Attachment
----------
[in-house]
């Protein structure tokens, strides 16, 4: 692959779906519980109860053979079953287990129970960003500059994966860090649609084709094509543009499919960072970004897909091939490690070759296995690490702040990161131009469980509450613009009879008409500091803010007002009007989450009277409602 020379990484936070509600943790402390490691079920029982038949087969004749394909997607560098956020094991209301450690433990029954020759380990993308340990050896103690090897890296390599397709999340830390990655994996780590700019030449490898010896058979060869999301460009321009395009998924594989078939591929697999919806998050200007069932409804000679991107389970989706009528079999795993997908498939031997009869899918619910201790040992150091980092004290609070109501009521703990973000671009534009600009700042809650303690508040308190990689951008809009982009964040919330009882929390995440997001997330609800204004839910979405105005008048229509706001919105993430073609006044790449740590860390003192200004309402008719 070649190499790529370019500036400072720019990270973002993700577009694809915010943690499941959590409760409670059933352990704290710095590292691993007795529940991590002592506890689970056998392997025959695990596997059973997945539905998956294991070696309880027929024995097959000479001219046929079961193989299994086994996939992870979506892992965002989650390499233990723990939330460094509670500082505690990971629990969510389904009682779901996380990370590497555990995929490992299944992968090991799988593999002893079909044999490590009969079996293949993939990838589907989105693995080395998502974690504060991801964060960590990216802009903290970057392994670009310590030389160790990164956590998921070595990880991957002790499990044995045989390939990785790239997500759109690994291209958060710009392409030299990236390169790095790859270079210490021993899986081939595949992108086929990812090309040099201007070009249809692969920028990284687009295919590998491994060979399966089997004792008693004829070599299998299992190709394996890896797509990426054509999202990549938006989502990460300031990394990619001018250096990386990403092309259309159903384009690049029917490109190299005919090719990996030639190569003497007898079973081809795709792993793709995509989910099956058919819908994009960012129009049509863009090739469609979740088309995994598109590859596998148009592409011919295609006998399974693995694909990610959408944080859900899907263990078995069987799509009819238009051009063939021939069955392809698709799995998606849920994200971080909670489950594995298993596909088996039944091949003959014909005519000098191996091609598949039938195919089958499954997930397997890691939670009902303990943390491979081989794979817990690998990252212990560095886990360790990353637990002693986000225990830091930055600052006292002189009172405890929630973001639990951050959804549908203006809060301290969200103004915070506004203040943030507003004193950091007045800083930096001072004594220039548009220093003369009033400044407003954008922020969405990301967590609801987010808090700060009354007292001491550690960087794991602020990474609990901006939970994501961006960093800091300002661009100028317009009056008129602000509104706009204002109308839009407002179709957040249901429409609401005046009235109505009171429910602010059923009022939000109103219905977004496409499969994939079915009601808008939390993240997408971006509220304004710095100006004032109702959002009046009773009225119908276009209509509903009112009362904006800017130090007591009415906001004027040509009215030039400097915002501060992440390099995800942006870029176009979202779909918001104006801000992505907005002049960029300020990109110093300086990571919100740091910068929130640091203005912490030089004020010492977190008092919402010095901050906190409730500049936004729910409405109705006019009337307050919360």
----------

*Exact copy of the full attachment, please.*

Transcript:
[in-house]
């Protein structure tokens, strides 16, 4: 692959779906519980109860053979079953287990129970960003500059994966860090649609084709094509543009499919960072970004897909091939490690070759296995690490702040990161131009469980509450613009009879008409500091803010007002009007989450009277409602 020379990484936070509600943790402390490691079920029982038949087969004749394909997607560098956020094991209301450690433990029954020759380990993308340990050896103690090897890296390599397709999340830390990655994996780590700019030449490898010896058979060869999301460009321009395009998924594989078939591929697999919806998050200007069932409804000679991107389970989706009528079999795993997908498939031997009869899918619910201790040992150091980092004290609070109501009521703990973000671009534009600009700042809650303690508040308190990689951008809009982009964040919330009882929390995440997001997330609800204004839910979405105005008048229509706001919105993430073609006044790449740590860390003192200004309402008719 070649190499790529370019500036400072720019990270973002993700577009694809915010943690499941959590409760409670059933352990704290710095590292691993007795529940991590002592506890689970056998392997025959695990596997059973997945539905998956294991070696309880027929024995097959000479001219046929079961193989299994086994996939992870979506892992965002989650390499233990723990939330460094509670500082505690990971629990969510389904009682779901996380990370590497555990995929490992299944992968090991799988593999002893079909044999490590009969079996293949993939990838589907989105693995080395998502974690504060991801964060960590990216802009903290970057392994670009310590030389160790990164956590998921070595990880991957002790499990044995045989390939990785790239997500759109690994291209958060710009392409030299990236390169790095790859270079210490021993899986081939595949992108086929990812090309040099201007070009249809692969920028990284687009295919590998491994060979399966089997004792008693004829070599299998299992190709394996890896797509990426054509999202990549938006989502990460300031990394990619001018250096990386990403092309259309159903384009690049029917490109190299005919090719990996030639190569003497007898079973081809795709792993793709995509989910099956058919819908994009960012129009049509863009090739469609979740088309995994598109590859596998148009592409011919295609006998399974693995694909990610959408944080859900899907263990078995069987799509009819238009051009063939021939069955392809698709799995998606849920994200971080909670489950594995298993596909088996039944091949003959014909005519000098191996091609598949039938195919089958499954997930397997890691939670009902303990943390491979081989794979817990690998990252212990560095886990360790990353637990002693986000225990830091930055600052006292002189009172405890929630973001639990951050959804549908203006809060301290969200103004915070506004203040943030507003004193950091007045800083930096001072004594220039548009220093003369009033400044407003954008922020969405990301967590609801987010808090700060009354007292001491550690960087794991602020990474609990901006939970994501961006960093800091300002661009100028317009009056008129602000509104706009204002109308839009407002179709957040249901429409609401005046009235109505009171429910602010059923009022939000109103219905977004496409499969994939079915009601808008939390993240997408971006509220304004710095100006004032109702959002009046009773009225119908276009209509509903009112009362904006800017130090007591009415906001004027040509009215030039400097915002501060992440390099995800942006870029176009979202779909918001104006801000992505907005002049960029300020990109110093300086990571919100740091910068929130640091203005912490030089004020010492977190008092919402010095901050906190409730500049936004729910409405109705006019009337307050919360």